An undergraduate degree is one of two degree types that precede a master's, or graduate, degree. There is first an associate degree, which is structured to take two years to complete. These degrees are most often associated with community colleges, though they can also be earned at many four-year institutions of higher education. The coursework for an associate degree is primarily composed of the general liberal arts education curriculum plus a few courses in a major field such as marketing, accounting, or journalism.
During an undergraduate degree program, students have a course load that is certainly more than that they were likely used to in high school but less than what is expected in a graduate degree program. An upper-level undergraduate course may require term papers of around 20 pages, whereas a master's course may double or triple that work.
Ultimately, to embark on a satisfactory career path, students will need to complete an undergraduate degree. An associate degree will help them get started, but a bachelor's, or four-year degree, will set them on a trajectory for maximum success.
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Practically every degree requires a general education curriculum. This is designed to give every student a firm foundation in the humanities, sciences, and arts. These courses are typically at the introductory level and are included in every associate and bachelor’s level degree. Thus, the general education curriculum provides undecided students with a way to explore topics they may not have otherwise explored and at a richer, deeper college experience.
General education courses usually include two courses from the English department, most often composition and rhetoric. Most colleges also require a college-level algebra course, a laboratory science course (such as biology), social sciences, and humanities. However, each college can create a general education curriculum to suit its educational philosophy. For instance, some don't bother offering college algebra and instead let students take other science courses, though students who are prepared can take calculus if they desire.
An associate degree is a two-year program that sets a firm foundation for one's college education. These degrees are most often found through local community colleges, but many four-year institutions also provide the option for students to graduate with an associate degree. Even if this option is not explicitly listed in a student handbook or course catalog, students who are interested in an associate degree should ask their academic advisor about this option.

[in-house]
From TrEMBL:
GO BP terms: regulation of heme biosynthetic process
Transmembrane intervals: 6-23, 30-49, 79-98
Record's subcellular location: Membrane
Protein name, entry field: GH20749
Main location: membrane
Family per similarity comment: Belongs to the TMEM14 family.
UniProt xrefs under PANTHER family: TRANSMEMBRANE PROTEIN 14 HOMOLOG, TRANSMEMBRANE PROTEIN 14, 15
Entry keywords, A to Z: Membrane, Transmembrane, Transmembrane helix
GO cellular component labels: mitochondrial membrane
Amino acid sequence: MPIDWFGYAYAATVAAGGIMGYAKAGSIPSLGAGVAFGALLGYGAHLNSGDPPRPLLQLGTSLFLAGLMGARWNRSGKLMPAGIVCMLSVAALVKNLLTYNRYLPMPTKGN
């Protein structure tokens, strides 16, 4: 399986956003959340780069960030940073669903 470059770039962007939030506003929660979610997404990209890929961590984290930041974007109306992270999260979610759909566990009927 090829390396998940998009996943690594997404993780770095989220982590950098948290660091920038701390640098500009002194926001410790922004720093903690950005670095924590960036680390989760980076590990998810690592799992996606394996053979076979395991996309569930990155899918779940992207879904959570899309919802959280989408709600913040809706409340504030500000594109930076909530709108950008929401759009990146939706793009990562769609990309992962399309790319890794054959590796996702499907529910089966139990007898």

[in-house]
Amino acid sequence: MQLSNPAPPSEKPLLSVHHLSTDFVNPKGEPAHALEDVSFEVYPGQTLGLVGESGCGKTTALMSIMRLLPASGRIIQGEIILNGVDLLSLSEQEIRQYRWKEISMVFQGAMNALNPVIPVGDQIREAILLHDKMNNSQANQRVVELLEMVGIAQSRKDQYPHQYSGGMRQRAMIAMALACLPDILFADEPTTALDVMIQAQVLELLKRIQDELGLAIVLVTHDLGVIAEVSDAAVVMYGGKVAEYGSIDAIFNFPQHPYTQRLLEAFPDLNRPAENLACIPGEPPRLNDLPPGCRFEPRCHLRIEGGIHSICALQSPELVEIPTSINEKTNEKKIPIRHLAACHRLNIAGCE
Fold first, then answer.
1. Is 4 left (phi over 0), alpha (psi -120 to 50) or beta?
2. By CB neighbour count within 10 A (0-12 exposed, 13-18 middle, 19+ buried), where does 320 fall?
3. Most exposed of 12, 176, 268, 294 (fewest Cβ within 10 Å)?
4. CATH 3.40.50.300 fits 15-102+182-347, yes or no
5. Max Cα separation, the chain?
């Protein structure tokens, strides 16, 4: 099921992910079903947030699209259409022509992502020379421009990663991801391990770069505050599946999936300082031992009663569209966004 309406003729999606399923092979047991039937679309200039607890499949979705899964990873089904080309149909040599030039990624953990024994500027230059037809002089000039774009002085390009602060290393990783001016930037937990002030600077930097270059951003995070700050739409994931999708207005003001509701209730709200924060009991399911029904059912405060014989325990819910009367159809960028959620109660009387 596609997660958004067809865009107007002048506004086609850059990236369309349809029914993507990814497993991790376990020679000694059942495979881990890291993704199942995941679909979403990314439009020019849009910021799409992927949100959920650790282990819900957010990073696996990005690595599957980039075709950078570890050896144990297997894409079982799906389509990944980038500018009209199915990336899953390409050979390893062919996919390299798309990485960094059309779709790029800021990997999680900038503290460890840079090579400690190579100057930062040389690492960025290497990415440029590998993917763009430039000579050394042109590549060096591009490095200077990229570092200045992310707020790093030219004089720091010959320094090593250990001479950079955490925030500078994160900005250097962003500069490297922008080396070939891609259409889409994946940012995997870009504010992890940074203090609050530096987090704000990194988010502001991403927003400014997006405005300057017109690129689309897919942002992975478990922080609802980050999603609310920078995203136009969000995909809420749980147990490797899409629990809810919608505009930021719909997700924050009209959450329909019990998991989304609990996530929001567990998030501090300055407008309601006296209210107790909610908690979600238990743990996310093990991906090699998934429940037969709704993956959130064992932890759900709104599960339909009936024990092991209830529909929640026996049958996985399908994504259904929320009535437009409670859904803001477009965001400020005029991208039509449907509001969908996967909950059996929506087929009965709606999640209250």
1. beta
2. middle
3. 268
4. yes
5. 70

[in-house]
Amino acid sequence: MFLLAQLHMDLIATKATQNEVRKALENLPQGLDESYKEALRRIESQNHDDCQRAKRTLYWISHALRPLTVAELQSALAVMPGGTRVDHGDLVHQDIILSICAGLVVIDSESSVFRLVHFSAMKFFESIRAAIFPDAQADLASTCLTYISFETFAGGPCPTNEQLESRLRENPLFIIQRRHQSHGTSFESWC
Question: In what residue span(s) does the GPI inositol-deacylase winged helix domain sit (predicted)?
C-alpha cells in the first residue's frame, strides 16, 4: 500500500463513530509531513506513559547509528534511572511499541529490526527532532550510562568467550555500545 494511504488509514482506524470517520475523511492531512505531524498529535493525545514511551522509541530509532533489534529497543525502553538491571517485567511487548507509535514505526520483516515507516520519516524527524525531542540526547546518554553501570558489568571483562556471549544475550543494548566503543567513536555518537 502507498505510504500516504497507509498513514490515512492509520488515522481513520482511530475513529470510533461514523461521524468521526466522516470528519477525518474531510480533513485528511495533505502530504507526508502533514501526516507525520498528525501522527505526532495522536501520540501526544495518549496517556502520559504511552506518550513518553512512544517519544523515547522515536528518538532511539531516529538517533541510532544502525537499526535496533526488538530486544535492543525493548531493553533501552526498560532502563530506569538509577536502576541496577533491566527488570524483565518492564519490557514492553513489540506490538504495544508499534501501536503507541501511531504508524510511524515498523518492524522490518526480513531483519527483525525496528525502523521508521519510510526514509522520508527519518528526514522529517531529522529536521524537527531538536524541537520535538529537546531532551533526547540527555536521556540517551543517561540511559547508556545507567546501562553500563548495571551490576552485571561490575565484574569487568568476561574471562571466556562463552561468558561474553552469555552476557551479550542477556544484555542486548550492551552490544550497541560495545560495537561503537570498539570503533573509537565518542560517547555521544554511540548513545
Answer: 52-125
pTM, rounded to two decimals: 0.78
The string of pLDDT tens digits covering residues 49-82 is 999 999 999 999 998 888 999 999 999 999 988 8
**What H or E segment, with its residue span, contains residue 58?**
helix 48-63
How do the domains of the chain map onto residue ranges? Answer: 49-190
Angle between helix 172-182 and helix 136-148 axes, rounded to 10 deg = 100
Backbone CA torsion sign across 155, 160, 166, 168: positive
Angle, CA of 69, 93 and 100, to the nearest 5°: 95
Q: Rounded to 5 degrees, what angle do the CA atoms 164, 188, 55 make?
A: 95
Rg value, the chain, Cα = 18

While students in an associate degree program all earn a degree in a major field, the degree is largely comprised of a general education curriculum. While each college may have its own approach to the general education curriculum, most follow a similar pattern. Ultimately, general education includes introductions to writing, math, science, humanities, and the arts.
Students in an associate degree program will find that they can major in nearly any field that is available at the bachelor's level. The depth and detail of their studies won't match that of students who take the extra two years, but an associate degree does provide an excellent introduction and overview of the field in question. This academic background can pave the way to a terrific entry-level position. In fact, there are many associate degree programs that are created specifically to prepare students for licensure or certifications in specific fields.
An Associate of Arts degree is one that focuses on fields in the arts and humanities. Some examples include psychology, English, marketing, graphic art, criminal justice, and journalism. Typically, an Associate of Arts degree is in a field that is non-technical. According to payscale.com, the salary range for this degree can go as high as $25/hr depending on one's region. Students with an AA degree might consider expanding their horizons with additional certifications or a four-year degree.
An Associate of Science degree is a two-year degree that focuses on subjects in the hard sciences. While the label can be applied somewhat loosely, it is almost always used for majors in mathematics, engineering, computer science, information technology, cyber security, and accounting. Students who complete an AS degree often find an entry-level position in a technical field. In fact, many who complete an AS in engineering, for instance, go on to very successful careers. Those with an AS in computer science can bolster their resumes with certifications and programming languages that will help them garner very high salaries.
An AAS may sound much like an AS, and it is, but with a difference. An applied science degree indicates that one's coursework focused more on practical application than academically vetted theories. This does mean that the knowledge imparted may be more immediately relevant to one's work, but it also means that, if laws or technologies change, the student may need more retraining. It also may mean that some credits won't transfer to a full four-year bachelor's degree program. Those who pursue an AAS should discuss how well their credits will transfer if they plan to pursue a bachelor's degree at a later time.
The career outlook for an associate degree holder is always better than that of a non-degreed person. They have an easier time landing an entry-level job and, in the long run, they may find that it's easier to grasp new concepts on the job. After all, any college degree helps students learn how to learn and assimilate new information.
In general, an associate degree is best suited for more technical occupations. Students who graduate with an associate degree in a field such as engineering, nursing, healthcare support, legal support, or computers can find immediate success in the job market. Many students who start with an associate computer science degree find that they can build on their learning and credentials without having to return to a purely academic environment. The professional certifications available are often enough to help them build a career for a lifetime. Those with a degree in allied health or even nursing can often convert their degree into state licensure and a very rewarding career.